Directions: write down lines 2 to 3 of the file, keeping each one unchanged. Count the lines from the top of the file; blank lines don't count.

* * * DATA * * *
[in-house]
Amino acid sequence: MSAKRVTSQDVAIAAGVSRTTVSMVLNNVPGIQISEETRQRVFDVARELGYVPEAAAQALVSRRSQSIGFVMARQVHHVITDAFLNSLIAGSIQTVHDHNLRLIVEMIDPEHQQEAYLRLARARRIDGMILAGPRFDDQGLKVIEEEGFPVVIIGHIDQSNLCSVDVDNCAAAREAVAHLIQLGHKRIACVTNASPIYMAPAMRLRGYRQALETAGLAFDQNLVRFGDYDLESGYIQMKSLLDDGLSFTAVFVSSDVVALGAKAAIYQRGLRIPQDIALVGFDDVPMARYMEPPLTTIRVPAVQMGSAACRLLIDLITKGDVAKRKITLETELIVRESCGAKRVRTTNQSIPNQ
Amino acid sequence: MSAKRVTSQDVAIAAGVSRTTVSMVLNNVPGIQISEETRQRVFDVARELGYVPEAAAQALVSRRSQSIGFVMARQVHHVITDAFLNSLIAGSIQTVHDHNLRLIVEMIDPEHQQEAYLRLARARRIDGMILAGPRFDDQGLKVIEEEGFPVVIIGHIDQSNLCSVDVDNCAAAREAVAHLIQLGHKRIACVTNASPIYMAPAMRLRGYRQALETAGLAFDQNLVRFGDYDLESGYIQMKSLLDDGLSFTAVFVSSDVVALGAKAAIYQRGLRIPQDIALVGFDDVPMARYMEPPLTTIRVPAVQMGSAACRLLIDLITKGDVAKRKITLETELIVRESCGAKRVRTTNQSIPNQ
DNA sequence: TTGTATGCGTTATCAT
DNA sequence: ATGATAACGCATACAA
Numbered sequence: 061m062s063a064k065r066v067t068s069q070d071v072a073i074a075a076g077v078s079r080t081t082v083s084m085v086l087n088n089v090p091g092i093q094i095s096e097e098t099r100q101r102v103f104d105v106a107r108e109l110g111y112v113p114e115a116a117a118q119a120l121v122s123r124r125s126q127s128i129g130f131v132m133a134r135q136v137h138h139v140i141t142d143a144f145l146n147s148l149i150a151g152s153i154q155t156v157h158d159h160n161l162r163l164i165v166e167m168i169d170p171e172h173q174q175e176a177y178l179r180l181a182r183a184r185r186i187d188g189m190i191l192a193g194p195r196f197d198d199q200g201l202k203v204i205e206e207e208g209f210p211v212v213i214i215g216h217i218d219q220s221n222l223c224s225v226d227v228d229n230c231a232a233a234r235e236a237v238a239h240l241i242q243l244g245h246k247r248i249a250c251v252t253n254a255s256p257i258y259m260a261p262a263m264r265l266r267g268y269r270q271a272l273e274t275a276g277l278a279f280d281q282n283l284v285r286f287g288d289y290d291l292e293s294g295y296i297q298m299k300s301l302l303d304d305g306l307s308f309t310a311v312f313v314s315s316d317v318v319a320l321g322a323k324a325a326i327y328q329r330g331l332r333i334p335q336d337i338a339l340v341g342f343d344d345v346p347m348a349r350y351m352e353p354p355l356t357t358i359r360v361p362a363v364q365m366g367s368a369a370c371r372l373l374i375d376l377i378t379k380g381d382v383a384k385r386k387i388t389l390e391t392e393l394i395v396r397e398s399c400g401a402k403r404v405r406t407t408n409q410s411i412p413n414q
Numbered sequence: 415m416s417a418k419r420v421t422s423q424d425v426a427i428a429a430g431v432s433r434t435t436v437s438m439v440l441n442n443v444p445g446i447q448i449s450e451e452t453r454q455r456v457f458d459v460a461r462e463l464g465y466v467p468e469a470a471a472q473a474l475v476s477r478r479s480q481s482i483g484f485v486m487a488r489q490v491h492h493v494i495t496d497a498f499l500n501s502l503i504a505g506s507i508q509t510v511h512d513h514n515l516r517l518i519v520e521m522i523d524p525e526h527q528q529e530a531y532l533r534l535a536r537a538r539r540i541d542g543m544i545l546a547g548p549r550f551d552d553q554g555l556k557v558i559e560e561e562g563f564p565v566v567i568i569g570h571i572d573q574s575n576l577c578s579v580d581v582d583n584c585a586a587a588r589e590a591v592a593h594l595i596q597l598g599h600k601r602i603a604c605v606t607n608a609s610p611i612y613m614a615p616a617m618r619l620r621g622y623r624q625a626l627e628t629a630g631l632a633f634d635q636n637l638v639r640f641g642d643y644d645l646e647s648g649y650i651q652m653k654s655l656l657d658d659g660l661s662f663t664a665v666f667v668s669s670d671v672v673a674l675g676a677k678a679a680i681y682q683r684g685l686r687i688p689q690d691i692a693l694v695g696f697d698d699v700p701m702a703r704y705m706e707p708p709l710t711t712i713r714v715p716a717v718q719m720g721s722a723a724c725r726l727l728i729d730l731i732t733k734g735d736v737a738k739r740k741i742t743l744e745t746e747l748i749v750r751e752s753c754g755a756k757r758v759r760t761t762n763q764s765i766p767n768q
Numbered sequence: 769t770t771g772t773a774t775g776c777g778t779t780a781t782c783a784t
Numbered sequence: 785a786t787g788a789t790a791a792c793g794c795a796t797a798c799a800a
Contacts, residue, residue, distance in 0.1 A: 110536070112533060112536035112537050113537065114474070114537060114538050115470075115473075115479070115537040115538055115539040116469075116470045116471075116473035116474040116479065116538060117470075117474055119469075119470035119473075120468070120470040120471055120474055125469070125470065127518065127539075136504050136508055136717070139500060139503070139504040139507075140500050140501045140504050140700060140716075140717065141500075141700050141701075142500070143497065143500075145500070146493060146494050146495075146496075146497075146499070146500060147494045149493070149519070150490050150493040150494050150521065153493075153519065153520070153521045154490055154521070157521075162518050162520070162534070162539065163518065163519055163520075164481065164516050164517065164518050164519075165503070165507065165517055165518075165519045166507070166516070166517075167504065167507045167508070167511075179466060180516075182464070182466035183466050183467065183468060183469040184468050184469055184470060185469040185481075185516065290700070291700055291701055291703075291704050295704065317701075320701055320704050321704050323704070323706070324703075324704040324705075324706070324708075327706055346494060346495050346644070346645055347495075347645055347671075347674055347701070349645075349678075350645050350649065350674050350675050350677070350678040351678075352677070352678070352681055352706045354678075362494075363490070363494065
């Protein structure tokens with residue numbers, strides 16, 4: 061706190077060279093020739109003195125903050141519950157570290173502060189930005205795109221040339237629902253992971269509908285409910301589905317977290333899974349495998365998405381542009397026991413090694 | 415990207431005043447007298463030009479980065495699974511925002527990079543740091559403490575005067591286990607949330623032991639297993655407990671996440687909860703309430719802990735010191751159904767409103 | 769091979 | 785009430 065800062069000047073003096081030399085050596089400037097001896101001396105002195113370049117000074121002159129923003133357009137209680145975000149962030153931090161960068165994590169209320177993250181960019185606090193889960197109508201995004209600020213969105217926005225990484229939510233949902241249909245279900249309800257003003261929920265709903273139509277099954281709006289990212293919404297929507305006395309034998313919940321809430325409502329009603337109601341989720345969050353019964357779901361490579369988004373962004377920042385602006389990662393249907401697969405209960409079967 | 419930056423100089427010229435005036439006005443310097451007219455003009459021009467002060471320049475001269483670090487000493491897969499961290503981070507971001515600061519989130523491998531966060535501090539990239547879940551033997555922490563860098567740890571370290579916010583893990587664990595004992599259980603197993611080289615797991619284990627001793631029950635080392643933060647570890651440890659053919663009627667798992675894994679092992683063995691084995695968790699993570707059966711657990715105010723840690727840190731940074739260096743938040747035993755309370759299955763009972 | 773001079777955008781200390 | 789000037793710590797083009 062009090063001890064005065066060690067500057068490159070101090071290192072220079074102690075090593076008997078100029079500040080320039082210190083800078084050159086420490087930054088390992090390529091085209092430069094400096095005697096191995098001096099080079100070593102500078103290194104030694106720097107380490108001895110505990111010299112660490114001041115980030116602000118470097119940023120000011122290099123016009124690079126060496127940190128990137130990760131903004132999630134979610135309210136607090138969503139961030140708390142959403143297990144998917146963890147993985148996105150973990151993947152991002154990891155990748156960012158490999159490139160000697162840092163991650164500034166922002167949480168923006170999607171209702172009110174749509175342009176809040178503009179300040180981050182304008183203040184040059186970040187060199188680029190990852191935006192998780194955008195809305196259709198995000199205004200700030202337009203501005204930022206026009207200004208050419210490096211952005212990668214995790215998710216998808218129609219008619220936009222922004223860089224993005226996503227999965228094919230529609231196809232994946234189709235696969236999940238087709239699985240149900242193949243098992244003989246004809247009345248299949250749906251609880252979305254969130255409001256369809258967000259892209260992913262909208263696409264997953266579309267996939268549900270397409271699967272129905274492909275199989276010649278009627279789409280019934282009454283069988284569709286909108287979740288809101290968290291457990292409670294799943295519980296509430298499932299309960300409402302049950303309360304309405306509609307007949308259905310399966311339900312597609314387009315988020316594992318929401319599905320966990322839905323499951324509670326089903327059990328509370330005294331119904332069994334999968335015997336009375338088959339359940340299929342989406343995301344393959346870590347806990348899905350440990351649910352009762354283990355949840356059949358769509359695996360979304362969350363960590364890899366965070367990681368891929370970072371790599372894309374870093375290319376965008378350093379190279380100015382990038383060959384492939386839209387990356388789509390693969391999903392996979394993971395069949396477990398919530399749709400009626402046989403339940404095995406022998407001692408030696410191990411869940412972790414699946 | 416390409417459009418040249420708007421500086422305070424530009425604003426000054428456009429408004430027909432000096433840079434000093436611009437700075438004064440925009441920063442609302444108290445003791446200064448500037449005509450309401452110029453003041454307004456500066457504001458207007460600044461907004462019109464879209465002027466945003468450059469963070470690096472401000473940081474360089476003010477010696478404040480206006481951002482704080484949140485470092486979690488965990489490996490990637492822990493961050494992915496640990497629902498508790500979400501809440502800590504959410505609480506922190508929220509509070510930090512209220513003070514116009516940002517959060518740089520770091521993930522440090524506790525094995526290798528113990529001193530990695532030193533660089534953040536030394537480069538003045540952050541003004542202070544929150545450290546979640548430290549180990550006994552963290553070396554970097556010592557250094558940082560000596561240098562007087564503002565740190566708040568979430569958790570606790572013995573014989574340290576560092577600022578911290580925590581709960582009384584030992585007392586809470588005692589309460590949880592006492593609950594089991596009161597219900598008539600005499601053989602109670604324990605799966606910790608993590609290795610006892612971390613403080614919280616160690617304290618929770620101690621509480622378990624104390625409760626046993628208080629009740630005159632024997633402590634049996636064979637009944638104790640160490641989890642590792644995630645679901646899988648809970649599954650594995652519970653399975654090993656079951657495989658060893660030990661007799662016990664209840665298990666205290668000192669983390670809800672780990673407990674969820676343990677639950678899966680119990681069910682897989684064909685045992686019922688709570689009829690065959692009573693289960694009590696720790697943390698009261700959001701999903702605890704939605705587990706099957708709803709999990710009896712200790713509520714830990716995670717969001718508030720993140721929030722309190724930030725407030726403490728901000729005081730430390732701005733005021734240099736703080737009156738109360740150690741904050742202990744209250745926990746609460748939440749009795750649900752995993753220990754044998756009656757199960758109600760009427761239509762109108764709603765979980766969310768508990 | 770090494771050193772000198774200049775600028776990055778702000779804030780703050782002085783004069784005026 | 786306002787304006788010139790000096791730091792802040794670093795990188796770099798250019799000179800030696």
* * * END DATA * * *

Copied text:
Amino acid sequence: MSAKRVTSQDVAIAAGVSRTTVSMVLNNVPGIQISEETRQRVFDVARELGYVPEAAAQALVSRRSQSIGFVMARQVHHVITDAFLNSLIAGSIQTVHDHNLRLIVEMIDPEHQQEAYLRLARARRIDGMILAGPRFDDQGLKVIEEEGFPVVIIGHIDQSNLCSVDVDNCAAAREAVAHLIQLGHKRIACVTNASPIYMAPAMRLRGYRQALETAGLAFDQNLVRFGDYDLESGYIQMKSLLDDGLSFTAVFVSSDVVALGAKAAIYQRGLRIPQDIALVGFDDVPMARYMEPPLTTIRVPAVQMGSAACRLLIDLITKGDVAKRKITLETELIVRESCGAKRVRTTNQSIPNQ
Amino acid sequence: MSAKRVTSQDVAIAAGVSRTTVSMVLNNVPGIQISEETRQRVFDVARELGYVPEAAAQALVSRRSQSIGFVMARQVHHVITDAFLNSLIAGSIQTVHDHNLRLIVEMIDPEHQQEAYLRLARARRIDGMILAGPRFDDQGLKVIEEEGFPVVIIGHIDQSNLCSVDVDNCAAAREAVAHLIQLGHKRIACVTNASPIYMAPAMRLRGYRQALETAGLAFDQNLVRFGDYDLESGYIQMKSLLDDGLSFTAVFVSSDVVALGAKAAIYQRGLRIPQDIALVGFDDVPMARYMEPPLTTIRVPAVQMGSAACRLLIDLITKGDVAKRKITLETELIVRESCGAKRVRTTNQSIPNQ